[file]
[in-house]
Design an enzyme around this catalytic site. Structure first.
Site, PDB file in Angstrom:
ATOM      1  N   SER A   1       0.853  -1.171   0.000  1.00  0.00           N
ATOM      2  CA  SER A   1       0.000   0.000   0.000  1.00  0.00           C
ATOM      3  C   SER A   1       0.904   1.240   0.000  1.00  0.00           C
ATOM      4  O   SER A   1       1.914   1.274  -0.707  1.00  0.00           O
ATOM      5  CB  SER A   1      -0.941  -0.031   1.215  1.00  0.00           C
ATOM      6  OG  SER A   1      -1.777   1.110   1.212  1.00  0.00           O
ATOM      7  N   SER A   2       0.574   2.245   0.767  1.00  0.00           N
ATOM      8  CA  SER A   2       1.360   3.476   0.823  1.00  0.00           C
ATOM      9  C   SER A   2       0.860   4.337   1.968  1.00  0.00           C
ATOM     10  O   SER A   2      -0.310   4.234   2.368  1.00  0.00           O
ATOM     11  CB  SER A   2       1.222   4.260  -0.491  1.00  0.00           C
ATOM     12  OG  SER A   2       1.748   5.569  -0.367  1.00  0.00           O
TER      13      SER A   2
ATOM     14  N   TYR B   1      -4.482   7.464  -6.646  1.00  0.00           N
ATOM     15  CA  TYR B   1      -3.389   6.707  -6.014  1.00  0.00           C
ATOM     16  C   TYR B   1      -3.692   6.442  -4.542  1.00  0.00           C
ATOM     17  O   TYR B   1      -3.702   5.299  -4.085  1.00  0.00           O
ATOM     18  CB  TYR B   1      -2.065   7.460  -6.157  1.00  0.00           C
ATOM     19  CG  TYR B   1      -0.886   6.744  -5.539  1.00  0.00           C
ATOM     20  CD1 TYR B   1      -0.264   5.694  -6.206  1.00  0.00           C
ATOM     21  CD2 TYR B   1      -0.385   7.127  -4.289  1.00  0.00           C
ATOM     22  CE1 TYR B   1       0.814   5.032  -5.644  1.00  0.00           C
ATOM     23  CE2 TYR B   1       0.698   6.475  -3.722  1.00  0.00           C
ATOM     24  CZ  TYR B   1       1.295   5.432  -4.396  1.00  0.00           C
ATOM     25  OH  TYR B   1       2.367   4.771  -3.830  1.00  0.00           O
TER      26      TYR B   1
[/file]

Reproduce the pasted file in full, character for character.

[in-house]
Design an enzyme around this catalytic site. Structure first.
Site, PDB file in Angstrom:
ATOM      1  N   SER A   1       0.853  -1.171   0.000  1.00  0.00           N
ATOM      2  CA  SER A   1       0.000   0.000   0.000  1.00  0.00           C
ATOM      3  C   SER A   1       0.904   1.240   0.000  1.00  0.00           C
ATOM      4  O   SER A   1       1.914   1.274  -0.707  1.00  0.00           O
ATOM      5  CB  SER A   1      -0.941  -0.031   1.215  1.00  0.00           C
ATOM      6  OG  SER A   1      -1.777   1.110   1.212  1.00  0.00           O
ATOM      7  N   SER A   2       0.574   2.245   0.767  1.00  0.00           N
ATOM      8  CA  SER A   2       1.360   3.476   0.823  1.00  0.00           C
ATOM      9  C   SER A   2       0.860   4.337   1.968  1.00  0.00           C
ATOM     10  O   SER A   2      -0.310   4.234   2.368  1.00  0.00           O
ATOM     11  CB  SER A   2       1.222   4.260  -0.491  1.00  0.00           C
ATOM     12  OG  SER A   2       1.748   5.569  -0.367  1.00  0.00           O
TER      13      SER A   2
ATOM     14  N   TYR B   1      -4.482   7.464  -6.646  1.00  0.00           N
ATOM     15  CA  TYR B   1      -3.389   6.707  -6.014  1.00  0.00           C
ATOM     16  C   TYR B   1      -3.692   6.442  -4.542  1.00  0.00           C
ATOM     17  O   TYR B   1      -3.702   5.299  -4.085  1.00  0.00           O
ATOM     18  CB  TYR B   1      -2.065   7.460  -6.157  1.00  0.00           C
ATOM     19  CG  TYR B   1      -0.886   6.744  -5.539  1.00  0.00           C
ATOM     20  CD1 TYR B   1      -0.264   5.694  -6.206  1.00  0.00           C
ATOM     21  CD2 TYR B   1      -0.385   7.127  -4.289  1.00  0.00           C
ATOM     22  CE1 TYR B   1       0.814   5.032  -5.644  1.00  0.00           C
ATOM     23  CE2 TYR B   1       0.698   6.475  -3.722  1.00  0.00           C
ATOM     24  CZ  TYR B   1       1.295   5.432  -4.396  1.00  0.00           C
ATOM     25  OH  TYR B   1       2.367   4.771  -3.830  1.00  0.00           O
TER      26      TYR B   1